by William J. Long
Cædmon's Works. The greatest work attributed to Cædmon is the so-called Paraphrase. It is the story of Genesis, Exodus, and a part of Daniel, told in glowing, poetic language, with a power of insight and imagination which often raises it from paraphrase into the realm of true poetry. Though we have Bede's assurance that Cædmon "transformed the whole course of Bible history into most delightful poetry," no work known certainly to have been composed by him has come down to us. In the seventeenth century this Anglo-Saxon Paraphrase was discovered and attributed to Cædmon, and his name is still associated with it, though it is now almost certain that the Paraphrase is the work of more than one writer.
Aside from the doubtful question of authorship, even a casual reading of the poem brings us into the presence of a poet rude indeed, but with a genius strongly suggestive at times of the matchless Milton. The book opens with a hymn of praise, and then tells of the fall of Satan and his rebel angels from heaven, which is familiar to us in Milton's Paradise Lost. Then follows the creation of the world, and the Paraphrase begins to thrill with the old Anglo-Saxon love of nature.
Here first the Eternal Father, guard of all,
Of heaven and earth, raisèd up the firmament,
The Almighty Lord set firm by His strong power
This roomy land; grass greened not yet the plain,
Ocean far spread hid the wan ways in gloom.
Then was the Spirit gloriously bright
Of Heaven's Keeper borne over the deep
Swiftly. The Life-giver, the Angel's Lord,
Over the ample ground bade come forth Light.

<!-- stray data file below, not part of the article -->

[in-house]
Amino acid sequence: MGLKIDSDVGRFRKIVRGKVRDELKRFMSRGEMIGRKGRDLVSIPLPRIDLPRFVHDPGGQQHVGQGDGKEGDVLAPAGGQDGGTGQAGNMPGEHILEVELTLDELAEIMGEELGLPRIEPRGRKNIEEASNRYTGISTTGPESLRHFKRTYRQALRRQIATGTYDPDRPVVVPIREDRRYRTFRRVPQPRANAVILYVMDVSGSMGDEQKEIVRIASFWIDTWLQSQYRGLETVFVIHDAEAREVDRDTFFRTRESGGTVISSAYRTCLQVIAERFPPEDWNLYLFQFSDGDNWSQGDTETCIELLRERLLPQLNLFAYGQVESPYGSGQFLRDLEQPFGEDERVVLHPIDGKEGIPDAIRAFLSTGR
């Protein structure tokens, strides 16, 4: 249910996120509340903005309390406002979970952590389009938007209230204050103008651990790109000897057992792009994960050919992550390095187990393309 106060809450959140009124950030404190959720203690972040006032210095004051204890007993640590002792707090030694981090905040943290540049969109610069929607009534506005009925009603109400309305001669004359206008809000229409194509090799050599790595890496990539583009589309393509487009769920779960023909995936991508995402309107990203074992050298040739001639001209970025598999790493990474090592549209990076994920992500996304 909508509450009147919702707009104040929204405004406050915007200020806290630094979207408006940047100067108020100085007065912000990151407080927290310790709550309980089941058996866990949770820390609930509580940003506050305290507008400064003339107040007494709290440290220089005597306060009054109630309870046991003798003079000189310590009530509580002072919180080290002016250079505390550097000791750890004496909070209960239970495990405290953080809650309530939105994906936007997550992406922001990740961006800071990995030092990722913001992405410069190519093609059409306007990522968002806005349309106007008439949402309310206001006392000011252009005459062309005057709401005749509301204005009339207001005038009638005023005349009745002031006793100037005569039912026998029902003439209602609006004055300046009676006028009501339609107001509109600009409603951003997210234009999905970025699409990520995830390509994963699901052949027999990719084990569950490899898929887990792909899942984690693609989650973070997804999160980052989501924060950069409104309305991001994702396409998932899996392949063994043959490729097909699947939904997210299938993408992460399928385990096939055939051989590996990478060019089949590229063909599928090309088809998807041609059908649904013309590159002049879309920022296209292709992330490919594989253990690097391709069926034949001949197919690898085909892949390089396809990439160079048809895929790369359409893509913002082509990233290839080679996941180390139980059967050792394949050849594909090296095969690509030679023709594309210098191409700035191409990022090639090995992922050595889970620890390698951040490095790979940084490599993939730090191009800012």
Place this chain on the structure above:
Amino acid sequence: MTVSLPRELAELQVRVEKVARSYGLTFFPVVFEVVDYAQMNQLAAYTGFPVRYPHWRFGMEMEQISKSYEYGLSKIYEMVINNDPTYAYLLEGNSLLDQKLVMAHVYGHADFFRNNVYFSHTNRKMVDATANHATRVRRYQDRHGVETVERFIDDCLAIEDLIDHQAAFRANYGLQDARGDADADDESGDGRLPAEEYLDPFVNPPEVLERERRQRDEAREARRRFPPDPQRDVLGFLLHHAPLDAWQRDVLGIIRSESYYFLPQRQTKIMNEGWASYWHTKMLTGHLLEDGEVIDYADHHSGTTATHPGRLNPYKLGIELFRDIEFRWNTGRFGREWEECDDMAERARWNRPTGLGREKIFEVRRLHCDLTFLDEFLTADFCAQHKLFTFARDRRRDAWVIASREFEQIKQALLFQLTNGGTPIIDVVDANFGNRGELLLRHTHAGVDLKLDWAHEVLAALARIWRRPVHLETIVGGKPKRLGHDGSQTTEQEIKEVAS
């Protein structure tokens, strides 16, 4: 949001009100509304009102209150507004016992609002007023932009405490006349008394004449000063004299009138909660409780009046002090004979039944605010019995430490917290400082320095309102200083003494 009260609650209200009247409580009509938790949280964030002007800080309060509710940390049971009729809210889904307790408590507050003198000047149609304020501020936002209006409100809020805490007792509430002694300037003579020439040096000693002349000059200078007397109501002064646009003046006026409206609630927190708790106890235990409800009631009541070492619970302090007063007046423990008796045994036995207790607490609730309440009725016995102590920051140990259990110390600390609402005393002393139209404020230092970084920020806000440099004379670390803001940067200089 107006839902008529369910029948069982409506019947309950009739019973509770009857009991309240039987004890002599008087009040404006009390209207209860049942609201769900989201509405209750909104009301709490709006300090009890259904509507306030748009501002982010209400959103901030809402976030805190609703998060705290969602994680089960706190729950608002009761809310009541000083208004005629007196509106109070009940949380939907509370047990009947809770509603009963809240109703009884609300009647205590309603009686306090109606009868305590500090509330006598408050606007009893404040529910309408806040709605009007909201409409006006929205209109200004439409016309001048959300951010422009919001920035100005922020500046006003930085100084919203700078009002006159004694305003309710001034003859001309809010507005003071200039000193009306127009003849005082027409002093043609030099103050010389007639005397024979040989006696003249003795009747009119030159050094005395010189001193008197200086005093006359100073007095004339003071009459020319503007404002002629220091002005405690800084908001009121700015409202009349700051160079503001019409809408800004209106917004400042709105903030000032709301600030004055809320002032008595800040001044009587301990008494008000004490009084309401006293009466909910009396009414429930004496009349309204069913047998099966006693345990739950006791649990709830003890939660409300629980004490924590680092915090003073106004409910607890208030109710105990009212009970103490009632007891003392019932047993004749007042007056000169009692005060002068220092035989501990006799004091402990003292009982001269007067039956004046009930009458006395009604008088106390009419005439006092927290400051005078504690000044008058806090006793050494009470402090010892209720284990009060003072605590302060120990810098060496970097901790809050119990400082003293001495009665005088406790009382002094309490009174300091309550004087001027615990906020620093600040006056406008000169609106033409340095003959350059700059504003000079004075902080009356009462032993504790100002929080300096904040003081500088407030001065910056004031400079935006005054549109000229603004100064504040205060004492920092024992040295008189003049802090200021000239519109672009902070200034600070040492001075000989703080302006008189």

Quickly the High King's bidding was obeyed,
Over the waste there shone light's holy ray.
Then parted He, Lord of triumphant might,
Shadow from shining, darkness from the light.
Light, by the Word of God, was first named day. 
After recounting the story of Paradise, the Fall, and the Deluge, the Paraphrase is continued in the Exodus, of which the poet makes a noble epic, rushing on with the sweep of a Saxon army to battle. A single selection is given here to show how the poet adapted the story to his hearers:
Then they saw,
Forth and forward faring, Pharaoh's war array
Gliding on, a grove of spears;--glittering the hosts!
Fluttered there the banners, there the folk the march trod.
Onwards surged the war, strode the spears along,
Blickered the broad shields; blew aloud the trumpets....
Wheeling round in gyres, yelled the fowls of war,
Of the battle greedy; hoarsely barked the raven,
Dew upon his feathers, o'er the fallen corpses--
Swart that chooser of the slain! Sang aloud the wolves
At eve their horrid song, hoping for the carrion.
Besides the Paraphrase we have a few fragments of the same general character which are attributed to the school of Cædmon. The longest of these is Judith, in which the story of an apocryphal book of the Old Testament is done into vigorous poetry. Holofernes is represented as a savage and cruel Viking, reveling in his mead hall; and when the heroic Judith cuts off his head with his own sword and throws it down before the warriors of her people, rousing them to battle and victory, we reach perhaps the most dramatic and brilliant point of Anglo-Saxon literature.